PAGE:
Home ANTBITES (Media Releases) Australia’s innovation eco-system needs assistance to survive the COVID-19 crisis

Australia’s innovation eco-system needs assistance to survive the COVID-19 crisis

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Irwan Iriks, a Perth based entrepreneur and co-founder of global SaaS company OviDrive
Irwan Iriks

The innovation sector has been hit hard by the Covid-19 pandemic and with turbulence across global financial markets we are now seeing investment in early stage and high growth companies literally disappear.

Many start-ups already found it challenging to raise capital as they battled it out against thousands of other investor pitches to stand out from the crowd before the coronavirus crisis. With many early stage innovation companies, high growth start-ups and scale-ups across Australia relying on investment to operate, we need to work on how we can simulate and incentivise investment before it’s too late.

“Australian start-ups significantly contribute to the growth of our economy and with the majority being technology companies they actually have an opportunity to grow through this period, create jobs, make a difference now and in recovery,” says Irwan Iriks, a Perth based entrepreneur and co-founder of global SaaS company OviDrive.

“We don’t want a hand-out but a leg up”

Irwan has rallied together over 200 start-ups from all over the country who are in support of an initiative to stimulate and incentivise investment. The common theme is that start-ups don’t expect a hand-out but a leg up. Start-ups, innovators and entrepreneurs are a group of Australians that are already resilient, tenacious and used to growing their companies with limited resources.

The group is now getting support from the community itself with a petition on org.change getting considerable support with over 500 signatures in less than a week. Comments from supporters are resonating the message. One comment says “Start-ups are a major employer but not only that, if they fail then we will not only stymie our recovery, we will damage our future was well. This sector is vital to the future of commerce.” Another goes on to say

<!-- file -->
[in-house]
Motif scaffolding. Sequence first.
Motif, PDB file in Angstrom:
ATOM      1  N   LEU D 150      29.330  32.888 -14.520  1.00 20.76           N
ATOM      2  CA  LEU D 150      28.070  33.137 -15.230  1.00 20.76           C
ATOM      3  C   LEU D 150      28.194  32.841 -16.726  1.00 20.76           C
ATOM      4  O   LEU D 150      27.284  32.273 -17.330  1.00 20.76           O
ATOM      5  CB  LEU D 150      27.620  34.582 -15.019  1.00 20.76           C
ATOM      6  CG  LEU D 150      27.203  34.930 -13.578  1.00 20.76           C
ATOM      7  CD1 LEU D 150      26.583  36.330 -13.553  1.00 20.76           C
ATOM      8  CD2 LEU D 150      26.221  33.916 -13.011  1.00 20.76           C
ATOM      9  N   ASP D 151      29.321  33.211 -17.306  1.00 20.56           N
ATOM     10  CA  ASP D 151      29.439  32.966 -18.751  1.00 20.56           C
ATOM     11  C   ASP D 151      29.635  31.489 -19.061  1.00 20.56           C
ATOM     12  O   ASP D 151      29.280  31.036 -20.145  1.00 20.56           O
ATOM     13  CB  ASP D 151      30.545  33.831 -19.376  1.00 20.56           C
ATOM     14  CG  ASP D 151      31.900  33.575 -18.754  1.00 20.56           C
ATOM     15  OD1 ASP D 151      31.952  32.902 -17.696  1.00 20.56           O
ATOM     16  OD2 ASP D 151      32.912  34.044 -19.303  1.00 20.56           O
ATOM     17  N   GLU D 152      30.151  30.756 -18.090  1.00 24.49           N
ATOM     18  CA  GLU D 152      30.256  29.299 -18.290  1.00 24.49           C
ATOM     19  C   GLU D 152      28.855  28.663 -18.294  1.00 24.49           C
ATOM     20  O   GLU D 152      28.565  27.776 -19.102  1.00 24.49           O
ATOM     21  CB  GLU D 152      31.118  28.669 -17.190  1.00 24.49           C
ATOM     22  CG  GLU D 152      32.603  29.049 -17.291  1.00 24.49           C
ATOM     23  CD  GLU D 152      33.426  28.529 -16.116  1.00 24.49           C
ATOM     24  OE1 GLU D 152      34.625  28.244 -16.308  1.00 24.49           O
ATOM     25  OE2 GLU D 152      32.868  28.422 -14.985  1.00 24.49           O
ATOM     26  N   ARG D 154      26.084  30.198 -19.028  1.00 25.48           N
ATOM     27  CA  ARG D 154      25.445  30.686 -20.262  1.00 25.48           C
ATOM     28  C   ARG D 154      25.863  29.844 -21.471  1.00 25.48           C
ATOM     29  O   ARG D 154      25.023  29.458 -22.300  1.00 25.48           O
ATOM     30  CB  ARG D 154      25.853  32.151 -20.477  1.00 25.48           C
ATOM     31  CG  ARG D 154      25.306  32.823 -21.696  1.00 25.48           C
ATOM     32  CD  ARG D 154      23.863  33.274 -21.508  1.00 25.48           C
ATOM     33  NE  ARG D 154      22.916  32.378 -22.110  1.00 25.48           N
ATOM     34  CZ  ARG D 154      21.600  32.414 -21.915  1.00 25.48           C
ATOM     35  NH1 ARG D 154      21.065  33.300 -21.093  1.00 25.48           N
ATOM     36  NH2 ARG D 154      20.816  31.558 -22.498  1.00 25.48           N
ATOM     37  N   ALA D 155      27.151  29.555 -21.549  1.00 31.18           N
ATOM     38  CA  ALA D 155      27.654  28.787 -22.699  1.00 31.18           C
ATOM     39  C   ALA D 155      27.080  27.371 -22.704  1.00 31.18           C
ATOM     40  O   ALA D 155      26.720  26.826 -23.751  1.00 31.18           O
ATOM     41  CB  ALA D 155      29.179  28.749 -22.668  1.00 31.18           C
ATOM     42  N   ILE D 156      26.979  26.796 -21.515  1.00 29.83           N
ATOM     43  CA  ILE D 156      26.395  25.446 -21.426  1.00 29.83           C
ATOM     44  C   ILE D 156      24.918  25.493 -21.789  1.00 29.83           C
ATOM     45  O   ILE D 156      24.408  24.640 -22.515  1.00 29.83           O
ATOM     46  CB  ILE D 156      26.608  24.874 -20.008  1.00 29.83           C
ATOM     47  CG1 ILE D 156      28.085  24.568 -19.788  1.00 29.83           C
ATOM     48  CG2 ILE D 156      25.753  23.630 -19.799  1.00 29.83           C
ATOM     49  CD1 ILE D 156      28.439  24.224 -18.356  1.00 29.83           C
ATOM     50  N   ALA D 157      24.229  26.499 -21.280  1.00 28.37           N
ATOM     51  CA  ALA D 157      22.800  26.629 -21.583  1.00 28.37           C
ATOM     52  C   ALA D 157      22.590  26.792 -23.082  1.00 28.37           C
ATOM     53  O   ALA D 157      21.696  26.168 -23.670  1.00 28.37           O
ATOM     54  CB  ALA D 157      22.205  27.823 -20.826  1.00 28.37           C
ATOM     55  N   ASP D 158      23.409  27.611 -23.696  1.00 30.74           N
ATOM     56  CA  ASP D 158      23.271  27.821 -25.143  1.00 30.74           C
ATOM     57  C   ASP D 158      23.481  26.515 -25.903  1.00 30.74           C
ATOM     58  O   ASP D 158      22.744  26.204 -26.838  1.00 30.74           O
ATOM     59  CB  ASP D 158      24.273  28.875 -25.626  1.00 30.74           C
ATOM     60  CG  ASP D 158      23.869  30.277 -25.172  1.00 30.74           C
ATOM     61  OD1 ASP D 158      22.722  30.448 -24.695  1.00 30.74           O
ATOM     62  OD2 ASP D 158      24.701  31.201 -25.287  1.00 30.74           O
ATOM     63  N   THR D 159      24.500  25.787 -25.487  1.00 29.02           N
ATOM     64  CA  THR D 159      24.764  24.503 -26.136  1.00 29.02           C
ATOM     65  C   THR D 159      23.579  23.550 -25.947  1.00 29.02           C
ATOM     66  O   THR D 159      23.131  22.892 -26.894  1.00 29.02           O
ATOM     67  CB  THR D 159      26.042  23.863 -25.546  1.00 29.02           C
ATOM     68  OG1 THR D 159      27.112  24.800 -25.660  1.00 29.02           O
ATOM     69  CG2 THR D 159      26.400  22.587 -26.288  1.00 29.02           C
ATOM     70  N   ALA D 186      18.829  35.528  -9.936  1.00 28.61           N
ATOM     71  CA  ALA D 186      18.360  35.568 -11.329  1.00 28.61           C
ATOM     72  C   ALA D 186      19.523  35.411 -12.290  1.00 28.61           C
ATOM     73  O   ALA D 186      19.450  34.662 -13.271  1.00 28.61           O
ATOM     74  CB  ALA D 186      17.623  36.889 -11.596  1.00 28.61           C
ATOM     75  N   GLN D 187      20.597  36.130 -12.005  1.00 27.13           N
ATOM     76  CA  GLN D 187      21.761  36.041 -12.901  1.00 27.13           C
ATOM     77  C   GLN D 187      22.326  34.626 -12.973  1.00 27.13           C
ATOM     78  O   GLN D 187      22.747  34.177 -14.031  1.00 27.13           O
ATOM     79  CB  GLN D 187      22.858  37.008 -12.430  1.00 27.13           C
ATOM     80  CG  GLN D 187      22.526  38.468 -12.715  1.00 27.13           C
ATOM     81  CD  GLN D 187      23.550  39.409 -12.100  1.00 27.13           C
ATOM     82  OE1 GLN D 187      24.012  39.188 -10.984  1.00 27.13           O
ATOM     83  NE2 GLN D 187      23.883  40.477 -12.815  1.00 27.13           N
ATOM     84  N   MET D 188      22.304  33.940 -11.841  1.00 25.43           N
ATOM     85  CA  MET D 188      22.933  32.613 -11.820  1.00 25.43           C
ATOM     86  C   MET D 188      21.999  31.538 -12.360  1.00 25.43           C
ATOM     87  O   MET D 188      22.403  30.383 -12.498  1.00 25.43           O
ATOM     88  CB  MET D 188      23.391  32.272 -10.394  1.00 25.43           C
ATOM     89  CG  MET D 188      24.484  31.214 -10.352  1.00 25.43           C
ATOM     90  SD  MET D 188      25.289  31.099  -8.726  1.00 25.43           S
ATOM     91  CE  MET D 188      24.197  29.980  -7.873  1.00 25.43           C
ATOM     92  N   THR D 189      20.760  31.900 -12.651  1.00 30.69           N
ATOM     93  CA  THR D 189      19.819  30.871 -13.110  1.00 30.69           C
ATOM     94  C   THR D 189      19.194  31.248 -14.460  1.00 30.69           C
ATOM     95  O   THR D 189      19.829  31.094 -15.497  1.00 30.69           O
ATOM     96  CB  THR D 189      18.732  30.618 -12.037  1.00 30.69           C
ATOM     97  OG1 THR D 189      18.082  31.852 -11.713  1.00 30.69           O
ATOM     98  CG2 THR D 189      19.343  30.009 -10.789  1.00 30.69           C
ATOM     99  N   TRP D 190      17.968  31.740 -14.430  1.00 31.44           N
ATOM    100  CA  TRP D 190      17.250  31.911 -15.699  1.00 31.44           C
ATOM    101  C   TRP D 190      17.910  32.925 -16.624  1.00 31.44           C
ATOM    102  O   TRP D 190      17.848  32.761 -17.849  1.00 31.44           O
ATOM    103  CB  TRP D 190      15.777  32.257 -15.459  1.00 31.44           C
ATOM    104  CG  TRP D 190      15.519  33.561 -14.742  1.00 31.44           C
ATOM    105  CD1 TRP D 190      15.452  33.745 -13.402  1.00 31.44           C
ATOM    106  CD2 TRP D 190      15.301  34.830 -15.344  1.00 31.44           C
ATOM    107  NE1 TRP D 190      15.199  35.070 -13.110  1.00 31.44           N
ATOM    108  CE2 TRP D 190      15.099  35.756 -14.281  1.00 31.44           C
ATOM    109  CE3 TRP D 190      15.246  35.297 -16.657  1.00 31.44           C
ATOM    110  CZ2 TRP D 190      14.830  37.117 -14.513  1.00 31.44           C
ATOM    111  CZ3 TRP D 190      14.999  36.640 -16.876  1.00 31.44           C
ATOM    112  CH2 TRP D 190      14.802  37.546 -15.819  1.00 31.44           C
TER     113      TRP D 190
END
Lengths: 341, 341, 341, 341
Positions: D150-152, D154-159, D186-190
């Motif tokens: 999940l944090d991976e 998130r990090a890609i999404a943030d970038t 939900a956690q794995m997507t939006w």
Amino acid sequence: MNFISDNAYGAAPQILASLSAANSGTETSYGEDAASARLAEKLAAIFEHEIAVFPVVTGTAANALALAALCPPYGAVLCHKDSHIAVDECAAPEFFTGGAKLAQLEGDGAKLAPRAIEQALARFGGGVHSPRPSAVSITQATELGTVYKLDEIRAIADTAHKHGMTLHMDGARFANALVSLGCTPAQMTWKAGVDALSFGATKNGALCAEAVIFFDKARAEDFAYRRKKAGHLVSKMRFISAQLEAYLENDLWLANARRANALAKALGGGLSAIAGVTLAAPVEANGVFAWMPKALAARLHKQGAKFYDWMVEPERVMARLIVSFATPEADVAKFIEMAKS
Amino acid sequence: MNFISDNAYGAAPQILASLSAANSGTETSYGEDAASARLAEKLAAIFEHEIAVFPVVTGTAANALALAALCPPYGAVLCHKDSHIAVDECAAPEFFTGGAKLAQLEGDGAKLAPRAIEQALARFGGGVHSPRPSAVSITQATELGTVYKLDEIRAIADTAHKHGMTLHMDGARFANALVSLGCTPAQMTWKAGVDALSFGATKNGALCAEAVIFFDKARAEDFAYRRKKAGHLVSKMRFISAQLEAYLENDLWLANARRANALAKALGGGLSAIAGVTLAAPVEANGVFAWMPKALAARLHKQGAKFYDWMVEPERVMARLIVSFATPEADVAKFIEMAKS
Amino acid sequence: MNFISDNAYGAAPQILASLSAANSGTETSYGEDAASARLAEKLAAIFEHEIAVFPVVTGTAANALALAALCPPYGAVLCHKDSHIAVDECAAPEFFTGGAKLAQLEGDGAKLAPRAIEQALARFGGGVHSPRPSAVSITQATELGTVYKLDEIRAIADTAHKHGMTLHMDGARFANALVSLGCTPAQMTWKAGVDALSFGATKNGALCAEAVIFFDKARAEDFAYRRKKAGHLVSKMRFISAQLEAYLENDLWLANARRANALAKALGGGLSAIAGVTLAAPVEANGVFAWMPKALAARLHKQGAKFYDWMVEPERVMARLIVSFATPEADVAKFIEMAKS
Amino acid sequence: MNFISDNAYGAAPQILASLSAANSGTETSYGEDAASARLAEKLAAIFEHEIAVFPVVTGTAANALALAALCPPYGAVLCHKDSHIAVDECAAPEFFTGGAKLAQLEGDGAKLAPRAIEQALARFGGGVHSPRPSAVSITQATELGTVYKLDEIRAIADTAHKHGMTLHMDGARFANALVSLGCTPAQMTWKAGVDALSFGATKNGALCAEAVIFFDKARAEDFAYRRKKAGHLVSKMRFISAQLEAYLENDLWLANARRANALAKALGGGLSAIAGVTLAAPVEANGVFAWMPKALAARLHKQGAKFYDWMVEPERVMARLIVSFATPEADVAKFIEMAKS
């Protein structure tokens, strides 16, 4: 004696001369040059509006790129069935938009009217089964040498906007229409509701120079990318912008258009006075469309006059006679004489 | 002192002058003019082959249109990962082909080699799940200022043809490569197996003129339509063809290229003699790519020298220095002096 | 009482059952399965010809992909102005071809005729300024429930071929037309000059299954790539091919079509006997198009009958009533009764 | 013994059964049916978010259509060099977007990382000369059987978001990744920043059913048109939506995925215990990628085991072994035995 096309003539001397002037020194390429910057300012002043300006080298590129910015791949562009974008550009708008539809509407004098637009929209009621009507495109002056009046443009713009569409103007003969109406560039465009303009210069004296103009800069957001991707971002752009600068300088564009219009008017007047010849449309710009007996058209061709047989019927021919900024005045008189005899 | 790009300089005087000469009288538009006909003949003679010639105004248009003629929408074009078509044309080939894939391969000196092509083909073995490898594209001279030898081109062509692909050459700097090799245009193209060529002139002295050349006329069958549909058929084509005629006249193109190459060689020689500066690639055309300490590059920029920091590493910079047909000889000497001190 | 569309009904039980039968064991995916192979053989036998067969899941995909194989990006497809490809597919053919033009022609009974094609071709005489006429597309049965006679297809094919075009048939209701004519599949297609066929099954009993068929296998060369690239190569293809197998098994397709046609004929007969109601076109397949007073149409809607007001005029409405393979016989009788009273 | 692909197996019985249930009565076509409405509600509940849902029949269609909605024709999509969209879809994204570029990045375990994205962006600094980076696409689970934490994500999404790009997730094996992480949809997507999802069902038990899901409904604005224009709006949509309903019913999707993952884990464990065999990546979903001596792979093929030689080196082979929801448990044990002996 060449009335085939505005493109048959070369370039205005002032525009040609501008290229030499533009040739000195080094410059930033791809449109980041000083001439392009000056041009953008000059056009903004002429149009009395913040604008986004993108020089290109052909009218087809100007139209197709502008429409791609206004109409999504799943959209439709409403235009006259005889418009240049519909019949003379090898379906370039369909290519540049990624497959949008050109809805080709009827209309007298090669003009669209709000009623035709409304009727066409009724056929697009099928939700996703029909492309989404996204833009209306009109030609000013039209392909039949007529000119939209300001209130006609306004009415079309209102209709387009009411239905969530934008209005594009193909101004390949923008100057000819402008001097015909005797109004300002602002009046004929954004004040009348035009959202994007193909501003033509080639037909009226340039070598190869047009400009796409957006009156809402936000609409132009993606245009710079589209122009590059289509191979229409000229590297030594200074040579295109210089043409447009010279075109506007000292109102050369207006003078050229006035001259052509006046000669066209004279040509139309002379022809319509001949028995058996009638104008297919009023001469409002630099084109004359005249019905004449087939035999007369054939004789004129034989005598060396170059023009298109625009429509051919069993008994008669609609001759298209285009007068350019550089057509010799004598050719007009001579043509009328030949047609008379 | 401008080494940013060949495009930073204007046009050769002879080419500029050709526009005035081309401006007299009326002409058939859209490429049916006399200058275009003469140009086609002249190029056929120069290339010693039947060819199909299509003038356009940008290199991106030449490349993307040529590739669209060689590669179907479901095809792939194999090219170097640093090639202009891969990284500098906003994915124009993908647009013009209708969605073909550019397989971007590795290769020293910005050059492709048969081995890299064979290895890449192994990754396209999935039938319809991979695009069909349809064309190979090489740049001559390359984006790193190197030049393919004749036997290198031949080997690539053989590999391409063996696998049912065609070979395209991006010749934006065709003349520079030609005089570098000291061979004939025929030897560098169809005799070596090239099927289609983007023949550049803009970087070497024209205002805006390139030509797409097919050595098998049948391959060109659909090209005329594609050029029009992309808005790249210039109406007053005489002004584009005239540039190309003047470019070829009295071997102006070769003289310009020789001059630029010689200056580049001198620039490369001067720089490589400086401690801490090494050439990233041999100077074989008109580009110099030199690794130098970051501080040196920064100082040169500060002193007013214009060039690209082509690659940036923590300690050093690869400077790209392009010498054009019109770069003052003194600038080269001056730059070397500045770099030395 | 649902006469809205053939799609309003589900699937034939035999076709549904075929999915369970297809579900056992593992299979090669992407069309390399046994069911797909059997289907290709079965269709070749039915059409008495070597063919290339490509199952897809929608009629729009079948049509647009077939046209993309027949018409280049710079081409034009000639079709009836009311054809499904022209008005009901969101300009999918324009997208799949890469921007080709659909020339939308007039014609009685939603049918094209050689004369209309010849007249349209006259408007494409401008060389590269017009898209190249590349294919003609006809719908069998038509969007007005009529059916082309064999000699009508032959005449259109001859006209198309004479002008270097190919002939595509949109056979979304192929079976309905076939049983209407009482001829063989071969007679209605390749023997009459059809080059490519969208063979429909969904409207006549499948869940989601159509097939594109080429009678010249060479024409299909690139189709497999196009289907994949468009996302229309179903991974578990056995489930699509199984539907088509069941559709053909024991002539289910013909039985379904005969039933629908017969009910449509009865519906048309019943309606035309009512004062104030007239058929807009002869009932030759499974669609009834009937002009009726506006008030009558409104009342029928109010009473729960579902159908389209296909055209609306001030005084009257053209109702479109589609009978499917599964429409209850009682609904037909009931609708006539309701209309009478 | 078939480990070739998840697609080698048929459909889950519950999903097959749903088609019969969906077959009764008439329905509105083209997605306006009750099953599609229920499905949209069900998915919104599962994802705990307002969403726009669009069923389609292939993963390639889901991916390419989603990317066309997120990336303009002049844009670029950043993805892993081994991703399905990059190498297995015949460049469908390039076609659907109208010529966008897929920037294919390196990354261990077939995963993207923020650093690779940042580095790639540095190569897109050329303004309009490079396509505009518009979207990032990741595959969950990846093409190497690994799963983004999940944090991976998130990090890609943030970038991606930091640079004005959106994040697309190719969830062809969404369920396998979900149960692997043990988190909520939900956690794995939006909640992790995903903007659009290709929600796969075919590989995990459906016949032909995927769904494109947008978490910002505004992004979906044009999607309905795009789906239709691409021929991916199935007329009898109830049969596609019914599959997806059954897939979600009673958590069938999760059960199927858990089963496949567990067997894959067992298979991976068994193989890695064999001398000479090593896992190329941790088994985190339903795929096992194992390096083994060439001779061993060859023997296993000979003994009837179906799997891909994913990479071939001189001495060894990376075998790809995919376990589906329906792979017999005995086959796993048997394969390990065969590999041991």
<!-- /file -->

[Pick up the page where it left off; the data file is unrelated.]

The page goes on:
The group of start-ups led by Irwan Iriks has now joined part of an even bigger movement representing the entire Australian innovation sector called the Australian Innovation Collective. There are representatives from every state and sub-sector that are coming together to form a unified front and take a very clear message to government as an industry. The group are calling for the Government to include the sector before it’s too late. The mantra is to Respond and Recover.

“The challenge is that each sub-sector needs a solution relating to their circumstance. There is no one size fits all, I am representing start-ups that have been affected by the investment market contracting. With deals going on hold, start-ups will need some help through this time and they currently rely on investment to operate. I believe the government can help investors back start-ups and we can push through this crisis,” says Irwan.

How are Aussie tech startups doing in this time?

Founder of insure-tech company Insure By Us, Ben Waters shares his current situation “Insure by Us is a travel insurance platform that powers some of Australia’s largest brands and has over 20 full time staff and contractors. Our revenue hasn’t just dropped, it’s gone into the red as we have to refund unused insurance premium.”

“When travel resumes, there is a significant opportunity for Insured by Us. A matched funding initiative would give investor’s confidence and would enable us to keep all our staff and contractors employed and put us in a great position to capitalise and scale when travel resumes.”

Insure by Us is one example of many companies that were raising capital before the Covid-19 pandemic and seen a dramatic drop off of investor interest.

Another is Founder Danielle Bodinnar of disability start-up company Karista responds “We at Karista are playing a critical role in assisting NDIS participants to move from one service provider to another, based on personal needs, as a result of service provider delivery shortages and closures in Australia.”

“Matched funding would make the difference for Karista – it would make investing in Karista more attractive for the Angel investors we currently attract, and potential VC’s now we are generating good revenues”. 

“There are hundreds if not thousands of companies like this across the country that need support,” says Irwan. “Amongst a number of requests as a collective we are asking the government to follow suit to both France and Germany and start a co-funding initiative now.”

“Many of us are technology companies, our operations are un-interrupted, and we can continue to grow through this crisis. Not to mention there are many solutions that can add value to the community right now.”

Irwan goes on to say, “We are asking that the government provide a matched funding initiative to Australian investors to de-risk their investment through this period. We are also asking that investors get significant tax advantages for making investments into early stage innovation companies.”

“We are looking to take pressure of government spending, incentivise investment, stimulate the Innovation eco-system, create jobs and enable funding to go to vetted companies with investors doing the due diligence.”

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